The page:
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This week, John Fetterman, the Democratic nominee for the Senate from Pennsylvania, appeared in what NBC News billed as his first on-camera, one-on-one interview since he had a stroke in May. The interview went well and was conducted with Mr. Fetterman and the reporter, Dasha Burns, sitting in the same room, as Mr. Fetterman used a captioning system on a computer screen to assist him with his auditory processing, something he has needed help with since the stroke.
Ms. Burns introduced the interview to the news anchor Lester Holt by saying, “In small talk before the interview without captioning, it wasn’t clear he was understanding our conversation.” With that one statement, Ms. Burns shifted the conversation away from a necessary adaptation to implying that NBC was doing Mr. Fetterman a favor by using captioning and that it was a problem for the candidate that he needed technology to reliably converse.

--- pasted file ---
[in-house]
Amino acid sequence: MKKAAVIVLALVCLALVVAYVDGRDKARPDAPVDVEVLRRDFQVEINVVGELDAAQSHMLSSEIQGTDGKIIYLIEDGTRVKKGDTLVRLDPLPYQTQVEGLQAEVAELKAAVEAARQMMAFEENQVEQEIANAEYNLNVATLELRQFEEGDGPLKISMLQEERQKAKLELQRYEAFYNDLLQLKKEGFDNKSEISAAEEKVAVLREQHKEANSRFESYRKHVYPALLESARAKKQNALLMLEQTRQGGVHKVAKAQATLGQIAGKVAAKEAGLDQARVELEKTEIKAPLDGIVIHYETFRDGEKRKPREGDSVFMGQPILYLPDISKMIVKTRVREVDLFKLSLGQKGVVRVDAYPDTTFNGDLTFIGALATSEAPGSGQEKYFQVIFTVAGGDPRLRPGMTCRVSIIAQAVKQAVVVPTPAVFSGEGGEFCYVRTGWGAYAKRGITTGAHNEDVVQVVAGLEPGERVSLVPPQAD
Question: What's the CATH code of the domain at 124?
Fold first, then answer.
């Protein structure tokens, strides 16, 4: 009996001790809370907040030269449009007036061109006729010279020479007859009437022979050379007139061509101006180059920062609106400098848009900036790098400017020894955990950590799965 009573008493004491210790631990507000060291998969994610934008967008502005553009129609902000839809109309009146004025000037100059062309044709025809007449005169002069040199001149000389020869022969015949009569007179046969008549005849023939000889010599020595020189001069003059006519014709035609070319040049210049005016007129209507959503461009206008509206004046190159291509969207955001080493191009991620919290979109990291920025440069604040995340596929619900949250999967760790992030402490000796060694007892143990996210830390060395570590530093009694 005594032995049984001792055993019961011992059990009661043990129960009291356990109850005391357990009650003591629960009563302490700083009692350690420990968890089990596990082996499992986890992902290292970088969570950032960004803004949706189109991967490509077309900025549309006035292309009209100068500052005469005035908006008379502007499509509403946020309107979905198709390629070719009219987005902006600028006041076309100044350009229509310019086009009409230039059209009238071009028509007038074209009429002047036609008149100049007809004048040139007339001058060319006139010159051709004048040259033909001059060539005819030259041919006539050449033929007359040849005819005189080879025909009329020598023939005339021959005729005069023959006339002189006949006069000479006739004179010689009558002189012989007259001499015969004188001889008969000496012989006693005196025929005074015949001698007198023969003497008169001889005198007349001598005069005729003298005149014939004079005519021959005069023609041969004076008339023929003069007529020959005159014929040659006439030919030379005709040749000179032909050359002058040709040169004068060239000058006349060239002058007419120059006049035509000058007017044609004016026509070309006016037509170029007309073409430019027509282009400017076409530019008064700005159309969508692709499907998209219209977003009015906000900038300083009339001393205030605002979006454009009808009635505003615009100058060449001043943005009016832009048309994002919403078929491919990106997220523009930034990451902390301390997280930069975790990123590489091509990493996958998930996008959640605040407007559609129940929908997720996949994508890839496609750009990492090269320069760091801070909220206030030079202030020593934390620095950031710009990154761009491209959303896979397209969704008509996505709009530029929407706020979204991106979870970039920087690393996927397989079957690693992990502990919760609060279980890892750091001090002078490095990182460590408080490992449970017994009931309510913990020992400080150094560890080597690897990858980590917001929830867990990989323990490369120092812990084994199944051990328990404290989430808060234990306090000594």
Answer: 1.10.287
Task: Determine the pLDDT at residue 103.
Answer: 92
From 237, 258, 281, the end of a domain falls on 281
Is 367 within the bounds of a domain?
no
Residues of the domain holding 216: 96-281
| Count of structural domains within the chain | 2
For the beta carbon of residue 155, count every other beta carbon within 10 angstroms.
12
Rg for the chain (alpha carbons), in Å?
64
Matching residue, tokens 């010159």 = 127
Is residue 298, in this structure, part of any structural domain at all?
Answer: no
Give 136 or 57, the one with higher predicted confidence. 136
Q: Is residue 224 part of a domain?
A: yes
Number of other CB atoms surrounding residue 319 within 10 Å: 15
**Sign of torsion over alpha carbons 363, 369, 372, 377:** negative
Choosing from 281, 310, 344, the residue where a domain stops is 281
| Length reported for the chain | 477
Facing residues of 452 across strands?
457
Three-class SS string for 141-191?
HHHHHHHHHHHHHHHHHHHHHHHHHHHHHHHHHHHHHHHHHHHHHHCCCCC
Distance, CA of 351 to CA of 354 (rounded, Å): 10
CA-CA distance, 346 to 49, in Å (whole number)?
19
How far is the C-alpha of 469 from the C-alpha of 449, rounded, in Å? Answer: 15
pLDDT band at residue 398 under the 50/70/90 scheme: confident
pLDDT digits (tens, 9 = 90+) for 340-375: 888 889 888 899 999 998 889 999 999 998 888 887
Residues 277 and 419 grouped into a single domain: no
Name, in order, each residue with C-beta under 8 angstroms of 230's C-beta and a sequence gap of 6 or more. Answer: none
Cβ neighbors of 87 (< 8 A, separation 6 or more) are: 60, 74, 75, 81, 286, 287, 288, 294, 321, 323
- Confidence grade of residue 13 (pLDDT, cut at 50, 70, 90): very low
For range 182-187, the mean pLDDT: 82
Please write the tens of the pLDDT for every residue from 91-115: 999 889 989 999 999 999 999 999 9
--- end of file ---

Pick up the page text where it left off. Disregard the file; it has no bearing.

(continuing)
Her comment suggests that certain kinds of accommodation are illegitimate. Would Ms. Burns have made a similar remark if a wheelchair user couldn’t get around without a wheelchair? Are you wearing contacts or glasses to read this essay? It is our accommodations, often but not exclusively technological in nature, that make it possible for many of us to do our jobs. This is no less true for politicians than it is for the rest of us. Continue reading here